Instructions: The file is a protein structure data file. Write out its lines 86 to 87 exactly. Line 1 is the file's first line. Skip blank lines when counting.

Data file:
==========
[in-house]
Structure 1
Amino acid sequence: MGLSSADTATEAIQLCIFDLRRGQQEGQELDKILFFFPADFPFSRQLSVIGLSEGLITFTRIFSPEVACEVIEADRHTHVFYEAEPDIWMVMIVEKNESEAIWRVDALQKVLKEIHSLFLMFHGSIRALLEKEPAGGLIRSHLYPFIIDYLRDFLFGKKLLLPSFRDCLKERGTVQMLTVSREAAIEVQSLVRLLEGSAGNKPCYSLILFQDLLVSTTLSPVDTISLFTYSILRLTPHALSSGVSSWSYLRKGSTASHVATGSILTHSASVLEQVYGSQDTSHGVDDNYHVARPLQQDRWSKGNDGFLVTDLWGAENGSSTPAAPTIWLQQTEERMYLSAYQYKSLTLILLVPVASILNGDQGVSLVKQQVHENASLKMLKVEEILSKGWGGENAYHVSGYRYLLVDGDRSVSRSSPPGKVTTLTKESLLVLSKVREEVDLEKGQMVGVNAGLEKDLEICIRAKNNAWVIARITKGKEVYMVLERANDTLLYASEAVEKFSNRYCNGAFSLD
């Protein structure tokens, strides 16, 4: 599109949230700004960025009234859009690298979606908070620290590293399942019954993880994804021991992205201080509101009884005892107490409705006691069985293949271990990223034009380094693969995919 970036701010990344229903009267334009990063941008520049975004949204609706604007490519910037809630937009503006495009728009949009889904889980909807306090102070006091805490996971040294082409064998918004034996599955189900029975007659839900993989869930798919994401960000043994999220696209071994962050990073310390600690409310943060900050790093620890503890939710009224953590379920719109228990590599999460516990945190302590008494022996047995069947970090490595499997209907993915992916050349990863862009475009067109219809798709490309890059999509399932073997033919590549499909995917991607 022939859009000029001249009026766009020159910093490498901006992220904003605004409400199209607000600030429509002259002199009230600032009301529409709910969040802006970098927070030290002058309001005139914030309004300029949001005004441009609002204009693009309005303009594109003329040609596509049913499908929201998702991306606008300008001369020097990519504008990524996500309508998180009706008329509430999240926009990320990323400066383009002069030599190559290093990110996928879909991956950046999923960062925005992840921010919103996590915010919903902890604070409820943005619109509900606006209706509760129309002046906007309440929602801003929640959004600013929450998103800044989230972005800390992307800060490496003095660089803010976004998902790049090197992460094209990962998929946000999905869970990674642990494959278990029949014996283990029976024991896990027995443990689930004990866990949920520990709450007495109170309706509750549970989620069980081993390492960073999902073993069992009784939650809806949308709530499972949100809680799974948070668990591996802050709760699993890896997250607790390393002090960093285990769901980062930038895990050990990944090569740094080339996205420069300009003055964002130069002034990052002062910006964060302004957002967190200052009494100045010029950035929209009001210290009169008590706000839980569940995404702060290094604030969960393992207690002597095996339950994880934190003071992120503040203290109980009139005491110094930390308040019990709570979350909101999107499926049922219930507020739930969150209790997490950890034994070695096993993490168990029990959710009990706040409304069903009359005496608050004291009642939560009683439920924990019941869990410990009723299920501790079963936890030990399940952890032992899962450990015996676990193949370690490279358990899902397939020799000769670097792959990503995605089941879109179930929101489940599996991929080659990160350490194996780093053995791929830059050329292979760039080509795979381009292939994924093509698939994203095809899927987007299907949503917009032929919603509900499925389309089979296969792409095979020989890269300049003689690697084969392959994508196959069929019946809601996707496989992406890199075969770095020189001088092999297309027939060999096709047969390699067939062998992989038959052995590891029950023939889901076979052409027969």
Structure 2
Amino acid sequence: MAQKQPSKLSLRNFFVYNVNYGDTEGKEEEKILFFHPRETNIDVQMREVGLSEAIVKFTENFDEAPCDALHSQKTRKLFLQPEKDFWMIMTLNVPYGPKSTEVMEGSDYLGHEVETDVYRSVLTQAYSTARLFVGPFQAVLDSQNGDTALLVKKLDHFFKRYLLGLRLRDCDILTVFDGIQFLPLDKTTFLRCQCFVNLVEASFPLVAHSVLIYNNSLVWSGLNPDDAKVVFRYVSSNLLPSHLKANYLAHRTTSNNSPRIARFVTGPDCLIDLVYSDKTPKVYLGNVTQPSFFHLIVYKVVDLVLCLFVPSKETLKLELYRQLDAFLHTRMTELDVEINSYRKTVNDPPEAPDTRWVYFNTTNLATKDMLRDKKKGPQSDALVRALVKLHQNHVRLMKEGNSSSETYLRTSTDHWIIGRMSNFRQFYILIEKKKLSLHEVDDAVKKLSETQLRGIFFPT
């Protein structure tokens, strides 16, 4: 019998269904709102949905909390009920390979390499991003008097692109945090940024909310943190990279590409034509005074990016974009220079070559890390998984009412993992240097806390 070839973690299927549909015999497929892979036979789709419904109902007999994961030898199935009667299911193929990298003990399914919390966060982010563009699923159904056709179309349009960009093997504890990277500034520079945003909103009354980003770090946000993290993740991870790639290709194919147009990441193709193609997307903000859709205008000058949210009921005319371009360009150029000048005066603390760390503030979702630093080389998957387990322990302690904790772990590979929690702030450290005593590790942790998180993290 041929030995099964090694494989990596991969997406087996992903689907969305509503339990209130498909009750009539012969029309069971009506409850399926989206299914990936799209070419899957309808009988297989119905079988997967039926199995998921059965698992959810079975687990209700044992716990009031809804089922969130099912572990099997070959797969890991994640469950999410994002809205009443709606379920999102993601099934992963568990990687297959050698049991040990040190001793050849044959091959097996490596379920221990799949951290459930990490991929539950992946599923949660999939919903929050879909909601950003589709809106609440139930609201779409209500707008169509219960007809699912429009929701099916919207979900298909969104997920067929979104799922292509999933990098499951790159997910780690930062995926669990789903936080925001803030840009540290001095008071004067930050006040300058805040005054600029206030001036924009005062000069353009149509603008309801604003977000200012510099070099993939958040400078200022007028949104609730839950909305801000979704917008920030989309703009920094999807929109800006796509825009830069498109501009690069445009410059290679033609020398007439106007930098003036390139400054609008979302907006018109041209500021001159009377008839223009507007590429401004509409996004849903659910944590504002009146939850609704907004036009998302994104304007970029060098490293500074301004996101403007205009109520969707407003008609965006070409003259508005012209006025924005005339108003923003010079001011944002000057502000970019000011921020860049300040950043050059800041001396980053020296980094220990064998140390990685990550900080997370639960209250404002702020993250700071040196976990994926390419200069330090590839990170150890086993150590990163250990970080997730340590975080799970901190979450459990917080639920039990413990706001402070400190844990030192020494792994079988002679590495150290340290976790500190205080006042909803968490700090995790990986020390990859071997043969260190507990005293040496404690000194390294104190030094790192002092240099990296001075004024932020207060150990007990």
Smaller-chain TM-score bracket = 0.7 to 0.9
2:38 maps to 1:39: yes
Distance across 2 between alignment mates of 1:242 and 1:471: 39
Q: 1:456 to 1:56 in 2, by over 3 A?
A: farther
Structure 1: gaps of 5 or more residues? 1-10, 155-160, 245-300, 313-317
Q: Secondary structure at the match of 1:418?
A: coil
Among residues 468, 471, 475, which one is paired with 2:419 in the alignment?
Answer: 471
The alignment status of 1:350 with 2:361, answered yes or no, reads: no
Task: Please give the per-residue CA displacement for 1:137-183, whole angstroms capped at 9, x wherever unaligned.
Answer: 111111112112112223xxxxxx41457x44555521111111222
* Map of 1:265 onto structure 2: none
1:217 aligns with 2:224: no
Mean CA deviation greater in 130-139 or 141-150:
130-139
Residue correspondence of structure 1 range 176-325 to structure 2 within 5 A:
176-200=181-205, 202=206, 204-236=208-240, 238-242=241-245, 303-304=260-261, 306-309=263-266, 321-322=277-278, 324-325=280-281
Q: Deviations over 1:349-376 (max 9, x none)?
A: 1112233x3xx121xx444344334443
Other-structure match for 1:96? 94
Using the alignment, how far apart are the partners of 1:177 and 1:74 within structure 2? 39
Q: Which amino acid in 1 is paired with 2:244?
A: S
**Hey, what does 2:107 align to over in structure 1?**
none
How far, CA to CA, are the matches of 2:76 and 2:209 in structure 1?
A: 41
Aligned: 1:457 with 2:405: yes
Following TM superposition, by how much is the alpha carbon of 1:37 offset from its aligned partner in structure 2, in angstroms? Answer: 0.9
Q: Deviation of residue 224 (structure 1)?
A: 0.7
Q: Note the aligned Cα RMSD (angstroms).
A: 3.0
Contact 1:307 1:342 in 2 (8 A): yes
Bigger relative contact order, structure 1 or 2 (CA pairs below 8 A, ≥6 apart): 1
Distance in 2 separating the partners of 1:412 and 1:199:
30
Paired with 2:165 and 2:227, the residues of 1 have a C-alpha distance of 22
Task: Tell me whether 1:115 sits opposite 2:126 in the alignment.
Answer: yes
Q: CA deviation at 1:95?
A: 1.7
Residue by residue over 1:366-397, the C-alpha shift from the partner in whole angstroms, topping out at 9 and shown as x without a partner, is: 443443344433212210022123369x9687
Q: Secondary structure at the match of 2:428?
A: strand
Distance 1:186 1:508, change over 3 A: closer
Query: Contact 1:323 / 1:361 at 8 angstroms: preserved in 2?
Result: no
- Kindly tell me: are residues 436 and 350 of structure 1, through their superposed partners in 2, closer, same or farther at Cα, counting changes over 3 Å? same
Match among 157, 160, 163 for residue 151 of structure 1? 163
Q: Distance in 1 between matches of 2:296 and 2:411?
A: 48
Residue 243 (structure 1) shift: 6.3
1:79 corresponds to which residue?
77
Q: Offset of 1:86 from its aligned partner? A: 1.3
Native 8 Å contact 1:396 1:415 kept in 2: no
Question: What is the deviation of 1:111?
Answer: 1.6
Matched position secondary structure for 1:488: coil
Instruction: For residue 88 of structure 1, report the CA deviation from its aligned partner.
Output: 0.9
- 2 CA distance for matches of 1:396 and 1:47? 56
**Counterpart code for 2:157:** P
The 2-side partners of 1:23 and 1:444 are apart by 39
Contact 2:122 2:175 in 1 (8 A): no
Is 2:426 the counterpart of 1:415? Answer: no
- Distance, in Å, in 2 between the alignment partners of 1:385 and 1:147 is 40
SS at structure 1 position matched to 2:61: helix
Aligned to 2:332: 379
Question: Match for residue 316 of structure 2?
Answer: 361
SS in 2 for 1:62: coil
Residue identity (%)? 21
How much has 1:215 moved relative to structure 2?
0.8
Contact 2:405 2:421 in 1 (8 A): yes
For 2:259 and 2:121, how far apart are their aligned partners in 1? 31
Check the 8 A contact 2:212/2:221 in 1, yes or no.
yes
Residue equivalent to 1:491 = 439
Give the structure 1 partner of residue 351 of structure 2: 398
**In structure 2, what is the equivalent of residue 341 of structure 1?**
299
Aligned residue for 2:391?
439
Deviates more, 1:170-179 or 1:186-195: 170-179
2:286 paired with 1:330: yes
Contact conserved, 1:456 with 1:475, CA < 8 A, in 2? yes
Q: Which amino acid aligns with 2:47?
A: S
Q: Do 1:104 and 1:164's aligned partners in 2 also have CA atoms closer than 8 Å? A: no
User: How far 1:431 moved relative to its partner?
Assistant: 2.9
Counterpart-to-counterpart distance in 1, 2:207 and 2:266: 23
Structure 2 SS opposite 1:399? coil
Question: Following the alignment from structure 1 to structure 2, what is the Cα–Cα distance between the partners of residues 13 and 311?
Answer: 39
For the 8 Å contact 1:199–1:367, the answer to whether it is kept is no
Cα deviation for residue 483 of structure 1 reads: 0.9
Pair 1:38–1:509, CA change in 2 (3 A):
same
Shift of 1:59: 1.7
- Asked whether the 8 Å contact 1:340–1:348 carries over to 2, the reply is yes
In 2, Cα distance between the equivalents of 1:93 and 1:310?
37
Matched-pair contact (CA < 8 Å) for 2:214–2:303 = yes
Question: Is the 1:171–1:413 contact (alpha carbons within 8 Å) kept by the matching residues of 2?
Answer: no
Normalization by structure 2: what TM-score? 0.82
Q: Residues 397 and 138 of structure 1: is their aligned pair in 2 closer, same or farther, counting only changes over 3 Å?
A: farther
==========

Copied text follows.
Contact 2:405 2:421 in 1 (8 A): yes
For 2:259 and 2:121, how far apart are their aligned partners in 1? 31